APRIL 11, 1913


Died at her home in Harmon, Okla., Monday morning March 31st Mrs. Ethel Castiller, wife of Charley Castiller, who up till a short time ago run a general store at Harmon. She was the eldest daughter of Mrs. Wm. McCormick, who formally ran the Demo Hotel at Arnett.

None but hose who have sat in the Shadow of a great bereavement can justly weigh such a sorrow as this. Those who have gone down into the valley of suffering and stood for months by the side of a loved one, as hope after hope dropped away as the petals fall from a fading flower, know that such anguish cannot find solace in the tenderest words. She who has gone forth could not be supported on her solitary path by any earthly friend.

The husband with a devotion few men are capable of, whose strength was given sweetly, tenderly to this previous invalid, whose heroic devotions never faltered, could not detain her by the clasp of earthly love; but after the last word had been spoken, the last sign of recognition was gone, a look of peace settled on her face which proclaimed victory, and he knew she was resting on a might arm.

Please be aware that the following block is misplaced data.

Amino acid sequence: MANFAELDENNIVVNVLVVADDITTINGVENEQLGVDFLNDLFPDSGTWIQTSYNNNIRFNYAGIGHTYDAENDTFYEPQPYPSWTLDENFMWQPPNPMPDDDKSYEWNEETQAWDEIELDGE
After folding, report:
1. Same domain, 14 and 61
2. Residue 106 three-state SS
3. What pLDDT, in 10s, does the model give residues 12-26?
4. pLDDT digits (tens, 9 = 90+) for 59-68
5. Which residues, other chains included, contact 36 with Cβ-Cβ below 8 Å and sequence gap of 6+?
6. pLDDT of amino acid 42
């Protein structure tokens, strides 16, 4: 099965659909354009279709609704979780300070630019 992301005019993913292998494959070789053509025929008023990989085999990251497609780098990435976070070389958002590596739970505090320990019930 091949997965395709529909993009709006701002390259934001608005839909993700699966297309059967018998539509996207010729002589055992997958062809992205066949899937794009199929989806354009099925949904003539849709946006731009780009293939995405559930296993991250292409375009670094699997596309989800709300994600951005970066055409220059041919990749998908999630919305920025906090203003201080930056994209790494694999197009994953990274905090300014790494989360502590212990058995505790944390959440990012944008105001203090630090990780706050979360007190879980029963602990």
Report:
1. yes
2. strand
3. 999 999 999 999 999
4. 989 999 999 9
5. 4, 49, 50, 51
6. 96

To the bereaved we extend our sympathy and can only say: That each death is a link that binds us to the beyond, so let us live and do that when our time comes we will be found a good link in the endless chain of the plan of nature.

APRIL 11, 1913

Poetry written by Mrs. Lizzie Smith in rememberance of Mrs. Ethel Castiller.

As I looked on your face to-day Ethel;
In the casket so white and cold
My mind flew back to the sweet little girl,
Which I knew when 14 years old.

It seemed that I loved you darling
When first we met that night,
For your heart seemed so loving and true,
And your face so happy and bright.

More than ten year have since gone by,
And over nine you have spent,
As the gentle wife of the man you loved;
Being happy and well content.

But to-day they carried your body, Ethel;
To the graveyard on the hill;
And left it sweetly sleeping.
In the grave so cold and still.

While poor Charley, mamma, papa,
Grandpa, Uncle, and sisters
Sadly wended their homeward way,
But oh' how sad is that home to-day.

But sleep on Ethel, take thy rest
None would call thee back if they could,
For you have passed through the valley and
shadow of death,
And have paid the debt which all must pay.

Submitted by: Gordon Richard


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